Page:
Music Reviews
Little Red

Katy B Little Red

(Rinse) Rating - 6/10

It’s safe to say that Kathleen Brien, commonly known as Katy B, has set the standard pretty high for herself. 2011’s On A Mission not only hailed the arrival of one of the UK’s most memorable and promising pop singers, it opened the door for a whole cadre of artists whose music revelled in a sophisticated electronic blueprint and brazen R&B roots (hello Jessie Ware and AlunaGeorge). In the three years that passed since the release of her debut, the BRIT school graduate and erstwhile underage raver had the ramifications of success as well as a markedly altered musical landscape to negotiate while developing her sophomore effort. Luckily for her and all of us listeners, Little Red is a triumph.

Charm is hard to find in artists these days, what with the revelatory nature of social media and the current emphasis on instant appeal and widespread hype. But Katy averts her eyes on the album cover, red hair flaming and strobe lights reflecting off the sequins of her dress, looking thoroughly certain that the best place available for dealing with desire, loneliness and confusion is in the midst of a throng of clubbers. ‘’It’s five AM all on my own/ I just need someone to talk with me/ I lost my friends, I check my phone/ Still searching for someone to walk with me’’, Katy sings on lead single 5 AM, conjuring up the perfect image of the solitary party-goer. The brooding nature of Little Red’s lyrics coupled with the intensity of the beats is in many ways what gives the record its charm. Credit must also be given to Katy B for her capacity to make even the more generic cuts on the album sound genuine. And although it may not sound as groundbreaking as its predecessor, Little Red’s introspection-on-the-dancefloor theme is fascinating enough to sustain multiple records.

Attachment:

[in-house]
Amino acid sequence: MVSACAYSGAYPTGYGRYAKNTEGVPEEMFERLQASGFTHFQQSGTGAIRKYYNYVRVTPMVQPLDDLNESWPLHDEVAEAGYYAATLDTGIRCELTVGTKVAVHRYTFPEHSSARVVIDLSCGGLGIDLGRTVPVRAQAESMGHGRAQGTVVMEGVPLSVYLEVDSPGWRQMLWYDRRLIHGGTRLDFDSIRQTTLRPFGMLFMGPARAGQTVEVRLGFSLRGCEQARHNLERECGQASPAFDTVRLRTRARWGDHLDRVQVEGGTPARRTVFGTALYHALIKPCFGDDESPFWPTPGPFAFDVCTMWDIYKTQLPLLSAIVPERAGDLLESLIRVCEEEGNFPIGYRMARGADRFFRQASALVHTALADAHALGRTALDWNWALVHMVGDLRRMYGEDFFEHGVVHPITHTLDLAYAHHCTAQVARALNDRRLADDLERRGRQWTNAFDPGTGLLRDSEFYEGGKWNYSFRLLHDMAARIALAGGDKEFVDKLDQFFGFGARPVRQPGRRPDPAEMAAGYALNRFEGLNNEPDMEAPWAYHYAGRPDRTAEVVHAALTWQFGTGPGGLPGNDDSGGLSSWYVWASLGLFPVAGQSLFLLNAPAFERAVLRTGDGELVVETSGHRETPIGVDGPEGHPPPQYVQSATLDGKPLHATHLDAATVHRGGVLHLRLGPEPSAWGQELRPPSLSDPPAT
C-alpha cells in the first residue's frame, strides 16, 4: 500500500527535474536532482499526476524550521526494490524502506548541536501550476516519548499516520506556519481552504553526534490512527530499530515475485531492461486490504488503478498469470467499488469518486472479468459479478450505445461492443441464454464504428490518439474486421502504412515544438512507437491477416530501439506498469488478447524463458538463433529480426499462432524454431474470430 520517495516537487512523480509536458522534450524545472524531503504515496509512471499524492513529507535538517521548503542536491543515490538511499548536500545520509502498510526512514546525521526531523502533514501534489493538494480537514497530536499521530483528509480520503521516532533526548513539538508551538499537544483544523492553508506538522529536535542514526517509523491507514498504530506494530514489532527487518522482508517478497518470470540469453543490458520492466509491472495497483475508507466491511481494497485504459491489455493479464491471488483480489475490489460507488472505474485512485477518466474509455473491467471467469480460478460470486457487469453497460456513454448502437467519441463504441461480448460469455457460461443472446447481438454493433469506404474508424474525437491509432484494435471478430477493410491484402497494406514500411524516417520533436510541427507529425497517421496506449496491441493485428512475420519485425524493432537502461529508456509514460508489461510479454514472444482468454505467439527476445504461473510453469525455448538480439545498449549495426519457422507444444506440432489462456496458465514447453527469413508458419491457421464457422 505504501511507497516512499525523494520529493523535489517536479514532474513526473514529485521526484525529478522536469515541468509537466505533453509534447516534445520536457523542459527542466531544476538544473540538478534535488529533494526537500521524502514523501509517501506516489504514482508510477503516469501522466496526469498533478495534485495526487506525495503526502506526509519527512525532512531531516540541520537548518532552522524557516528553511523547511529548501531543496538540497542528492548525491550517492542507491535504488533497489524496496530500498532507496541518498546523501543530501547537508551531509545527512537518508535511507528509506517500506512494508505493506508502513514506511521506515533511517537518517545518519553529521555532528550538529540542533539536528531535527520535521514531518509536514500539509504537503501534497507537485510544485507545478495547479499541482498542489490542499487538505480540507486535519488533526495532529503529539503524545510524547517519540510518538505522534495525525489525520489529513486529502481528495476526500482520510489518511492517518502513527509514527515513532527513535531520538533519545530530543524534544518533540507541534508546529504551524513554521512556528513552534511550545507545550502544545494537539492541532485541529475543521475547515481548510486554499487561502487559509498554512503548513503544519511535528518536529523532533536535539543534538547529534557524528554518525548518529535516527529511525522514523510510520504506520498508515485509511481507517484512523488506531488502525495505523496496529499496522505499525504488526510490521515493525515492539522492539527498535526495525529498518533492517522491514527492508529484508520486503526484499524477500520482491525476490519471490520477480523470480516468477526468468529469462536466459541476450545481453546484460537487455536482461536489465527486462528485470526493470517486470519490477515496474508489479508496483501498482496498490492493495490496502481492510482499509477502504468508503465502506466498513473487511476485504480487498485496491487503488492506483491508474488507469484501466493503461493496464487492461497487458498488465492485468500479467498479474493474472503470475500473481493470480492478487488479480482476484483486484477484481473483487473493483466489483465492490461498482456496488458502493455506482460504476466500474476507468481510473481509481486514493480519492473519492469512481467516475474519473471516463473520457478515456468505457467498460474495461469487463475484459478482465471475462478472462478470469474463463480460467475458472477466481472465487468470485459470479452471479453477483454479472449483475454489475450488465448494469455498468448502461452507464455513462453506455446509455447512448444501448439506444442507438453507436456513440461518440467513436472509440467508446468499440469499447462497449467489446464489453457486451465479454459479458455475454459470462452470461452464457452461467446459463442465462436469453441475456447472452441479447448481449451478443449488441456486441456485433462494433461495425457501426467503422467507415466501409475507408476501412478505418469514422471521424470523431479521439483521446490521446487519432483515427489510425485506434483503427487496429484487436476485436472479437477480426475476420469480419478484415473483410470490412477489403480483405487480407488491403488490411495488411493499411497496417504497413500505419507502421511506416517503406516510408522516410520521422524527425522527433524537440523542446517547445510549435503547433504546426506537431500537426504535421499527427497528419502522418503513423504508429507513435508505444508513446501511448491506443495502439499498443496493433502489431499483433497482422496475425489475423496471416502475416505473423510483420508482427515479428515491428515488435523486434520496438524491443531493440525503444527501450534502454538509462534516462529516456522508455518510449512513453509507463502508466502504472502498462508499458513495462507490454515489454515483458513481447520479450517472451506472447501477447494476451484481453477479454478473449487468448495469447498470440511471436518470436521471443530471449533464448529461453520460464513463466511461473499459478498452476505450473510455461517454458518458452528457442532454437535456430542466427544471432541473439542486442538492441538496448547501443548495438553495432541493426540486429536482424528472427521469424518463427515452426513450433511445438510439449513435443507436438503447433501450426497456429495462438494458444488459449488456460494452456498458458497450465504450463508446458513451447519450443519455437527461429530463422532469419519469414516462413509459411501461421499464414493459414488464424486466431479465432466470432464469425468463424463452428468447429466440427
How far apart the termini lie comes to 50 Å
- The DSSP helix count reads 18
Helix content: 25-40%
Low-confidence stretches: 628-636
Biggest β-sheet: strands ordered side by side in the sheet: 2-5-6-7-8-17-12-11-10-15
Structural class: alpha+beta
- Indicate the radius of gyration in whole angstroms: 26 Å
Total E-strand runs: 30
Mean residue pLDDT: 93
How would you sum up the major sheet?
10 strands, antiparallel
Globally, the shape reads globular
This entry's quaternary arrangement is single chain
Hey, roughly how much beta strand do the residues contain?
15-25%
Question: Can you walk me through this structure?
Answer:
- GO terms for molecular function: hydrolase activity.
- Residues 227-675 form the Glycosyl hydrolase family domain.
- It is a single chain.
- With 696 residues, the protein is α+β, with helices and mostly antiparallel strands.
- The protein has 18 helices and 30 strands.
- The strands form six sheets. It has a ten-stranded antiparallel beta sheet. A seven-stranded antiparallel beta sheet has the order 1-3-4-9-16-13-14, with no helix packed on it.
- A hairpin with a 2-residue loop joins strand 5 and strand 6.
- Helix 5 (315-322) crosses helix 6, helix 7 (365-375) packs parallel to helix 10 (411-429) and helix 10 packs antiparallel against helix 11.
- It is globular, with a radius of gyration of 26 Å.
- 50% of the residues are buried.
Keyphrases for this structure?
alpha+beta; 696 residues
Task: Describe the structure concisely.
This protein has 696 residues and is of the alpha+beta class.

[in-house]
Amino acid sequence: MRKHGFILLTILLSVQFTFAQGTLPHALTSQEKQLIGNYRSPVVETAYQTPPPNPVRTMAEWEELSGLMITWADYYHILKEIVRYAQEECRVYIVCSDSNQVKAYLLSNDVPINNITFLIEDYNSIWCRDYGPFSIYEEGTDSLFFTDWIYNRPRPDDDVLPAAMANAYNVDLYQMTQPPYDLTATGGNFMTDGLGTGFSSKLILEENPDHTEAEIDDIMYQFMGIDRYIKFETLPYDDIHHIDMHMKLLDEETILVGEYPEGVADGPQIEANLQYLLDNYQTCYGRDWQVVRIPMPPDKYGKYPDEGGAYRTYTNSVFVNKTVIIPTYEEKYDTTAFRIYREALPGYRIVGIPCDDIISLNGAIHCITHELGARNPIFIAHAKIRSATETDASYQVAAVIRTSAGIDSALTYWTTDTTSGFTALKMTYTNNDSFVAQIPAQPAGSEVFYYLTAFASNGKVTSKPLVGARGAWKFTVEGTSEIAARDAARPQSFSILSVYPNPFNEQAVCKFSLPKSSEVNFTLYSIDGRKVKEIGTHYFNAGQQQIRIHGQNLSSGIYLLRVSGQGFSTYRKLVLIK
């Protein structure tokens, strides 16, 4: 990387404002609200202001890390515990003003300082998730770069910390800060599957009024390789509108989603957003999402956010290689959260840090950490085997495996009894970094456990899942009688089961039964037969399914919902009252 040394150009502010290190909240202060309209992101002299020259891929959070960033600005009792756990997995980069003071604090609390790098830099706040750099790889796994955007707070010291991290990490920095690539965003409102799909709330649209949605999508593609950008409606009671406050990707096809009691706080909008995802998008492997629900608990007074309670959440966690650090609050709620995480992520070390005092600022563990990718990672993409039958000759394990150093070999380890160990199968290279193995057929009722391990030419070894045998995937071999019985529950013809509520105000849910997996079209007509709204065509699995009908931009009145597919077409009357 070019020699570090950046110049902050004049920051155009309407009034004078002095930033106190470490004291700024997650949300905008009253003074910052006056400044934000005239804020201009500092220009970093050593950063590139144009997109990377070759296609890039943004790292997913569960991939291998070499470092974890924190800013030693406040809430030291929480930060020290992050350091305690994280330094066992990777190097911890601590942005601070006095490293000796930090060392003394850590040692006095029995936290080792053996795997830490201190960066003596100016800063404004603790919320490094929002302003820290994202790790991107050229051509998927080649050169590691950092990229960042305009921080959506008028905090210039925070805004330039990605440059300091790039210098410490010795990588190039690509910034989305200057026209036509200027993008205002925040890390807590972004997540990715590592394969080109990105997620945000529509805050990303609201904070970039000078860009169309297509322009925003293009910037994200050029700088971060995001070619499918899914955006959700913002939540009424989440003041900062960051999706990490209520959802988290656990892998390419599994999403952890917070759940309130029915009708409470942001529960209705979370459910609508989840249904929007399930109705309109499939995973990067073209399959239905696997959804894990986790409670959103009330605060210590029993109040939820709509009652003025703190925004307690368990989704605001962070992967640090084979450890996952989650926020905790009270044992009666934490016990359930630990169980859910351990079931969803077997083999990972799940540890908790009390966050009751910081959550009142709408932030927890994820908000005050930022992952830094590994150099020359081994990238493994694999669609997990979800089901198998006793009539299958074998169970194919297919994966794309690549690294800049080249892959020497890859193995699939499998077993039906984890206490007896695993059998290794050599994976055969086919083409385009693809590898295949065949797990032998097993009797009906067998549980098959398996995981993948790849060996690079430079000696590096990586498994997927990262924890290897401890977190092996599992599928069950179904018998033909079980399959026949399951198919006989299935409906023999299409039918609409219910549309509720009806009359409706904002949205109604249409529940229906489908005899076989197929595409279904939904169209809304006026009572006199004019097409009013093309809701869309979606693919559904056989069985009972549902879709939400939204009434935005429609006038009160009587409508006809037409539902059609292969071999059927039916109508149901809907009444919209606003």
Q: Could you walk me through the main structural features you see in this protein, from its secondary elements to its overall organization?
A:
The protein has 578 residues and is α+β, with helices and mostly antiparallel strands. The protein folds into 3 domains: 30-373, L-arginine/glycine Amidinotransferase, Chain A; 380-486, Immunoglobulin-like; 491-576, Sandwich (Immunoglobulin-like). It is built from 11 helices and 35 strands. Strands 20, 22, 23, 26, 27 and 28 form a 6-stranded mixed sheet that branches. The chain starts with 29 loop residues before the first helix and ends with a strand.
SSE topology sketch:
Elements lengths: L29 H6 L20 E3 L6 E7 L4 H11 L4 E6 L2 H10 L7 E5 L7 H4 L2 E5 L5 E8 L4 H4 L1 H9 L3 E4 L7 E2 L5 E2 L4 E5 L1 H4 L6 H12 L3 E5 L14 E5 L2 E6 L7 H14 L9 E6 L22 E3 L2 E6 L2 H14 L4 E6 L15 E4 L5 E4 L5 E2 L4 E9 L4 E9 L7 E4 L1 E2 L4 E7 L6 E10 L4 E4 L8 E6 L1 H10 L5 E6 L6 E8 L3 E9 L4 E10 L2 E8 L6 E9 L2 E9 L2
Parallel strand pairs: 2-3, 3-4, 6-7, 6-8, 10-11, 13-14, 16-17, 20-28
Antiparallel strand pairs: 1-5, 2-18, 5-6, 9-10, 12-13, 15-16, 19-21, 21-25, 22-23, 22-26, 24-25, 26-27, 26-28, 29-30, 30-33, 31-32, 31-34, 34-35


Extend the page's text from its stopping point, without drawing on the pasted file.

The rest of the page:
5 AM and Crying For No Reason dazzle on their own terms as Katy wraps her gusty voice around accessible yet deftly produced hooks. She can alternate between urgent sadness and plaintive ecstasy, either crooning or belting, but she always sounds poised and powerful. On standout track Aaliyah, Katy and an elegantly glum Jessie Ware serve up a minimalist ode to amorous competition that, in its sexy effortlessness, manages to be an indirect homage to the late R&B singer herself. Closing track Still is a notable showcase of Katy’s vocal restraint, as she vigorously trills the title word in the chorus with just the right intensity.

Little Red is not without its half-misses, however. The gemstone simile that Sapphire Blue relies upon is a bit too trite, and I Like You begins to try the listener’s patience after the second listen. As majestic and sprawling as the production is, the second half of the album blends into a chilly electronic blur, and pleasant yet unremarkable songs such as Everything or Play are easily forgotten by the end of the record.

Yet if anything, albums such as Little Red are testaments to the potential of electronic dance music in the current age. When done right, the best kinds of electronica succeed in marrying a futuristic aesthetic with an edgy, unprocessed flair without sacrificing enjoyability. Those who wish to experience the best of what kids listen to these days would do well to have Katy B at the top of their playlist.